Rest is also important. It doesn’t matter if I fall behind on jobs or housework, I’m important and so I have to look after myself. So if I need time to rest and absorb myself then that is fine. Normality will resume soon enough.

Be patient. Anxiety is tough. Really tough. And like they say all good things come to those who wait. So that’s what I have to do when I feel so rubbish with my anxiety. I wait for the better days.

Ask yourself, is there a recurrent theme to what you worry about? If you find yourself dwelling on the same matter most of the time, then perhaps you need to delve into it deeper. Allow one of your worry times to explore the problem or matter more. If it is something you can take steps for, is there a book you can take out at the library to help with the issue? I read the DARE book and it helped me so much. I learnt a lot about anxiety and the patterns of brain behaviour. Maybe do some research into the matter if there is something that keeps reoccurring in your life. If it is something you encounter a lot, is there a way you can eliminate it from your life?

Those are just 6 steps I take to help bring me out of a high anxiety mood. Most of the time within a few hours to a couple of days I am feeling much more myself. There are definitely ways you can help yourself during these moods though and to be honest, I am still learning about some new ideas. I know friends of mine try some of the following; yoga, jogging, swimming, exercise in general, writing a journal, phoning the Samaritans, going to CBT sessions. There are so many ideas out there that it’s great to explore and find something new that can help.

It doesn’t matter if life has to go on hold for a little while whilst you help yourself to feel better and happier. You need to look after number one. Don’t let anxiety consume you. Anxiety can be a pain in the arse, but sometimes all you need is to put in some great coping mechanisms and that is what I am trying to improve on and do constantly.

Do you have any strategies? I would love to hear how you cope during an anxiety flare up. Please do get in touch or comment below, I would love to hear from you. Don’t forget to follow my Facebook. My social media links are above.

Thank you for reading.

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Me Against Social Media

Social media is such a difficult subject to touch on. But I think it’s a really important one. I have really mixed feelings when it comes to social media, in particular Facebook.

Without it, I wouldn’t have what I call an external memory drive for my photos, should my laptop or phone ever break at the same time. I wouldn’t have a way of communicating with some people. I wouldn’t be able to see how school friends, uni friends, family and all the other people that have passed through my life are getting on. I wouldn’t get entertainment or news or articles so fast.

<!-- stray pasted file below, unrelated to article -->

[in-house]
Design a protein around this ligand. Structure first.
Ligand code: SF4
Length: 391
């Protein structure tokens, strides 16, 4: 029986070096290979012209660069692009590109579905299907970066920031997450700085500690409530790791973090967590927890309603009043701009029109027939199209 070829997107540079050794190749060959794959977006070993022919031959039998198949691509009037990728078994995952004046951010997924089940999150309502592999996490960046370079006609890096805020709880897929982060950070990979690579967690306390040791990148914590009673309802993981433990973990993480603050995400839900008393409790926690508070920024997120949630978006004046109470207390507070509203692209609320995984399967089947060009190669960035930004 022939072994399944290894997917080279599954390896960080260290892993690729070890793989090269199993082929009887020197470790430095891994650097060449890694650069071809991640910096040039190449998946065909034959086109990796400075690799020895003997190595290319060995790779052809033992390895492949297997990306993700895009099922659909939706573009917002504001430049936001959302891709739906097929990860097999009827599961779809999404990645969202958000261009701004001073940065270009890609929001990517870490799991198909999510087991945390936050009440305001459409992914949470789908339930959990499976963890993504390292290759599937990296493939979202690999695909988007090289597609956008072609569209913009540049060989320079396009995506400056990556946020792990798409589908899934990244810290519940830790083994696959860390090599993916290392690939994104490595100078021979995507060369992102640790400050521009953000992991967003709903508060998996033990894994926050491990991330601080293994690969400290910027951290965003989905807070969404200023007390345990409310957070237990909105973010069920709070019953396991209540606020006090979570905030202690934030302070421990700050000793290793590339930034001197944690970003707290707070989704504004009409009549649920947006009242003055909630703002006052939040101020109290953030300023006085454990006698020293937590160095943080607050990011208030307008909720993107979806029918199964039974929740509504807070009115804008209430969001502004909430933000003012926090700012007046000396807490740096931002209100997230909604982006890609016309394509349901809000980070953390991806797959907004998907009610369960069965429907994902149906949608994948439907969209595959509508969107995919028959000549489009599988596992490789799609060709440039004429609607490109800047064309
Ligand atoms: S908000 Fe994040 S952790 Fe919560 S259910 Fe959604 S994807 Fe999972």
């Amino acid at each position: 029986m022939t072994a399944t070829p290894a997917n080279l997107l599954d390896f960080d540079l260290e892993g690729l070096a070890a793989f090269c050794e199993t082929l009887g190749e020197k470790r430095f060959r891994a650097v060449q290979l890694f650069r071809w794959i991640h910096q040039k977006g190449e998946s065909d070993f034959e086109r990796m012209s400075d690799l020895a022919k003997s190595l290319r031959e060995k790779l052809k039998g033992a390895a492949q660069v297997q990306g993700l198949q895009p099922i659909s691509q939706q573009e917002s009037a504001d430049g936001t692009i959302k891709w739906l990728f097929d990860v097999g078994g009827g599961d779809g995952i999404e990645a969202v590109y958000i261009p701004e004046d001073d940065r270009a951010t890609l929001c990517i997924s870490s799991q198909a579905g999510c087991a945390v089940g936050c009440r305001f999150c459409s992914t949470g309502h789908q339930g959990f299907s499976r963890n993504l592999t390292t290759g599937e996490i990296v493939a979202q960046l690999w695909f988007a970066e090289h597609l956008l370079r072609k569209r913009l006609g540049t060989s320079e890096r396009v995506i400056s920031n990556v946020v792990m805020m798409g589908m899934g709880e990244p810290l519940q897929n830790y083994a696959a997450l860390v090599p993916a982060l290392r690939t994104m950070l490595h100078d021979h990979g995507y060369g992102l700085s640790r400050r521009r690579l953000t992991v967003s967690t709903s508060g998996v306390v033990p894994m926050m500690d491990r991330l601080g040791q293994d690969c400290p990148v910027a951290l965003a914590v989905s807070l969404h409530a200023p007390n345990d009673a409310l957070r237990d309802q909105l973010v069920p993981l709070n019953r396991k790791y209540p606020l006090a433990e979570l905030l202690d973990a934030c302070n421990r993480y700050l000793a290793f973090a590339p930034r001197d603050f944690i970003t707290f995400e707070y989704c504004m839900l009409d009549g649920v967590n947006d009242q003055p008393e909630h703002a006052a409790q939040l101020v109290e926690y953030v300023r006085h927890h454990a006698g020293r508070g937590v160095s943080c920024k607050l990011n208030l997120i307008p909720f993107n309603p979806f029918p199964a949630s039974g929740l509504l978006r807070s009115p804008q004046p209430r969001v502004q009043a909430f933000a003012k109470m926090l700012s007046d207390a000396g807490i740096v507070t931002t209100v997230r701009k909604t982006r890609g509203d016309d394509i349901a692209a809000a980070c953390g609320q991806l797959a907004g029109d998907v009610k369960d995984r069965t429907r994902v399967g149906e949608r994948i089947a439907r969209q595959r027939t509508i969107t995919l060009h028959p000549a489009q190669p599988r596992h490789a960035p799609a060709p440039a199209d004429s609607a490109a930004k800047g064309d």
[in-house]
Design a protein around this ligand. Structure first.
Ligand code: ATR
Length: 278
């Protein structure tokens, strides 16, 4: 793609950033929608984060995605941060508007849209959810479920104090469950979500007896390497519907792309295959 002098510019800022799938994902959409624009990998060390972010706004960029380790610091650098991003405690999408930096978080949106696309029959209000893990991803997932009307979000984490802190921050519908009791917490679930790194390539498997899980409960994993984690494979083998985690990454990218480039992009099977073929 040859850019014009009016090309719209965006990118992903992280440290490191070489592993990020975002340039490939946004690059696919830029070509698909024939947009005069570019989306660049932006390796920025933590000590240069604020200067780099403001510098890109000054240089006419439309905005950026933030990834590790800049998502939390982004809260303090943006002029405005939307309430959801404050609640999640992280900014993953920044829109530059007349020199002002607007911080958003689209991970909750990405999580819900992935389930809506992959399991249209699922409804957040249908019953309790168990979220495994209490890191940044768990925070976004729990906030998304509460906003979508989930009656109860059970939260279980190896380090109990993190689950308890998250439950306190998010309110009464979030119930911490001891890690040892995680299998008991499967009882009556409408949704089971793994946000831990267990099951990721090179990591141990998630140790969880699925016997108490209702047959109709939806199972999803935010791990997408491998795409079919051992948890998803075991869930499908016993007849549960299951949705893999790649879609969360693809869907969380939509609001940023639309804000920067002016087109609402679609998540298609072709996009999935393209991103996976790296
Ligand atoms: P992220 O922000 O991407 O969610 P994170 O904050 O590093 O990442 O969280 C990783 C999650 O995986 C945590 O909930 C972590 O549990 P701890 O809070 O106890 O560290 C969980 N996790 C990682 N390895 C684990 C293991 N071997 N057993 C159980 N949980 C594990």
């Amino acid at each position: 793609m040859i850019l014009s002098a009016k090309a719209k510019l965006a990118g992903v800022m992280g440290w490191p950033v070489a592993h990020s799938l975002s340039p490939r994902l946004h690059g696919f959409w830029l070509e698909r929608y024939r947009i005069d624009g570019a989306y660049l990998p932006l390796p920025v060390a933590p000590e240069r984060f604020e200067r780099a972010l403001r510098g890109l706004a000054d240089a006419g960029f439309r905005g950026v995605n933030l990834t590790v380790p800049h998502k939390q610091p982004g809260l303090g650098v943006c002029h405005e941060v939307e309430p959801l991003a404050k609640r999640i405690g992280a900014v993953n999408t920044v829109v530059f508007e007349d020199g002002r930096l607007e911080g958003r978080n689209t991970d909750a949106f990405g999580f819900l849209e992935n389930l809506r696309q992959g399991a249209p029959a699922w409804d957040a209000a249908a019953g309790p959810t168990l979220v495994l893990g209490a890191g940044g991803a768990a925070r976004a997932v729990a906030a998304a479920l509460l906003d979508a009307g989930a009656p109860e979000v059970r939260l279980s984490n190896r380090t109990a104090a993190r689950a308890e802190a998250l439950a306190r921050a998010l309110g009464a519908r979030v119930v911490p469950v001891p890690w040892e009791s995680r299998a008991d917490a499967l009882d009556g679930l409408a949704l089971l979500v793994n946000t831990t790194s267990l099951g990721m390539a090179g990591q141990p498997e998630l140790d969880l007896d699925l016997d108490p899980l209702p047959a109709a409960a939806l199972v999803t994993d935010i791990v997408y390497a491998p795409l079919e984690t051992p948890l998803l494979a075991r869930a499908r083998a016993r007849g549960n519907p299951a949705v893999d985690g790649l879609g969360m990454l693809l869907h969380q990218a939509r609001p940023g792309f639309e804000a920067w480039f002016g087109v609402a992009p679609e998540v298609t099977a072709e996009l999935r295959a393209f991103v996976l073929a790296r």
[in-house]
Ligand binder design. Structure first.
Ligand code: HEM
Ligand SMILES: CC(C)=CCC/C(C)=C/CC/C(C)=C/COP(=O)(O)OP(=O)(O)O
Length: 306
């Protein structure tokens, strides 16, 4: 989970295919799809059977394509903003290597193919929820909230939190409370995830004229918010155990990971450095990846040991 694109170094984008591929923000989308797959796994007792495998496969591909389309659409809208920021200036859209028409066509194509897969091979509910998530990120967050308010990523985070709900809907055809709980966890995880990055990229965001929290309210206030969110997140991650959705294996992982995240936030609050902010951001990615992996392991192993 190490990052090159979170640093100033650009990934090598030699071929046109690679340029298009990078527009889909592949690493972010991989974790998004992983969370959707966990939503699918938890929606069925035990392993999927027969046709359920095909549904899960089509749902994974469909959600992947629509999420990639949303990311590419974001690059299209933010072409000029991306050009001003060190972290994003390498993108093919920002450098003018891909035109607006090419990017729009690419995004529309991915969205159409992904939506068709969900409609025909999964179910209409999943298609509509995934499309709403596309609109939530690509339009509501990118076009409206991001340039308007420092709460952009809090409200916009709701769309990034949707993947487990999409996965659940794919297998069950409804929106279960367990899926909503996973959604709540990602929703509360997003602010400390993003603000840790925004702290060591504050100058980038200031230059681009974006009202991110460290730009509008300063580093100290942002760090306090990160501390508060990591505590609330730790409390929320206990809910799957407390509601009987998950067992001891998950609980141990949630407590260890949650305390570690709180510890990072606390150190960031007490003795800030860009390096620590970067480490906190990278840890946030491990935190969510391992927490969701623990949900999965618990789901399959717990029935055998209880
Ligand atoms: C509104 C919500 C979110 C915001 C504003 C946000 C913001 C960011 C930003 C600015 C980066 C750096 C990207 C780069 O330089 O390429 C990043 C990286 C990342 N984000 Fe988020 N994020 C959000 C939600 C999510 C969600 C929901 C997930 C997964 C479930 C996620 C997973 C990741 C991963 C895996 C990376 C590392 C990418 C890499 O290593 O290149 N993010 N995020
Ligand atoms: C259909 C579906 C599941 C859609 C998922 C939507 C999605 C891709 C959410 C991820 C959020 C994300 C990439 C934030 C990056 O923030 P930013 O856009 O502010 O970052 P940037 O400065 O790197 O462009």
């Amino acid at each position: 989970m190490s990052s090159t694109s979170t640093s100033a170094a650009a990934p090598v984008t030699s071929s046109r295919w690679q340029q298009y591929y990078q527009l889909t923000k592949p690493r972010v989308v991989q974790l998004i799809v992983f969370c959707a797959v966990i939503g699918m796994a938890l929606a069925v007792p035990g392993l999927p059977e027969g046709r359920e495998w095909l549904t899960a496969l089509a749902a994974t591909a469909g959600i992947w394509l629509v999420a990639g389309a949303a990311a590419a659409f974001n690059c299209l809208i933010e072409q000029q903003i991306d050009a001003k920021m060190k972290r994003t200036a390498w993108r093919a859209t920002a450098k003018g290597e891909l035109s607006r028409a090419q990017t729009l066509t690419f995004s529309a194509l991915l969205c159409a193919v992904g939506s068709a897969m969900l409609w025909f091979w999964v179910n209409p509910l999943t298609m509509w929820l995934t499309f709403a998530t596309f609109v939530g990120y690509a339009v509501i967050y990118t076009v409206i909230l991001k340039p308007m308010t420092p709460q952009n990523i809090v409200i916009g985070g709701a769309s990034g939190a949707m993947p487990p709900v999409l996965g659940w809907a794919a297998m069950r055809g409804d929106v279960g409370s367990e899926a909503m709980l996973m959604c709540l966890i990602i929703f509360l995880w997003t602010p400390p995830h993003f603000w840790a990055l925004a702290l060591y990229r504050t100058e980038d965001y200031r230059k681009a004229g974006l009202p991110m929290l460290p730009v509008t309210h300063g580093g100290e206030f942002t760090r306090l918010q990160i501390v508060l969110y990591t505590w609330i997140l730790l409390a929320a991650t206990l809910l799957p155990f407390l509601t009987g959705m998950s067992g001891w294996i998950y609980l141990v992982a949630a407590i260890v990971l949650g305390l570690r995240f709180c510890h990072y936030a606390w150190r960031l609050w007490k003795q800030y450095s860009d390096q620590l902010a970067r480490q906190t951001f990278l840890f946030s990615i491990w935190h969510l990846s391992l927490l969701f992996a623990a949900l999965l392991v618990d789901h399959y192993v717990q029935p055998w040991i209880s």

But then I also wouldn’t compare quite so much.

I wouldn’t worry about my social status through the perception of how many likes, comments or friends I had on there.

I wouldn’t be scrolling in a quite happy and content mood to see something that evokes jealousy, sadness or hurt which then instantly throws my mood upside down and makes me sulk into myself, barely muttering a word to my husband for the rest of the evening when he has done nothing wrong.

Some of the happiest people I know are those that barely use their social media or don’t have it at all.

Yes, it’s great for a cute video on cats or celebrity memes to circulate but is it great for your mental health?

This is such a complex issue. I have a love hate relationship with it. I enjoy social media, but I don’t enjoy the effect it can have on so many people’s mental health.

I watched the most insightful video last year about Facebook and the endorphin dopermine it realises in the body when you get a like. It is proven to be addictive. Which is scary. Maybe a more realistic view of social media is what I need.

One golden rule to happiness is to not compare your life to someone else’s. But how hard is this when social media is right there at our finger tips? When someone has anxiety, and you feel low about something, naturally your brain will then pick up on other things to support your upsetting mood and anxious mind. So a trip on social media is the worst thing. Soon enough, I find myself comparing everything. From how successful others appear to be, how happy they seem, how social, how much they go out, what holidays they go on, where they live, what job they do. And my humble little life seems so small, so insignificant. It doesn’t seem good enough.

But when I am in a good mood, I am so proud of everything I have. And pull me away from all of those comparisons, how do I feel then? I love my life. My family. My friends. I really truly do. But Facebook is everyones highlight reels. How many times do you see uplifting posts compared to negative ones? I’ve had friends knowingly be upset and they have spoken to me about why they’re upset but they put a post on Facebook saying the complete opposite thing- according to their posts, they appear to be happy, in love, successful, motivated and like nothing is bothering them. When I know it is.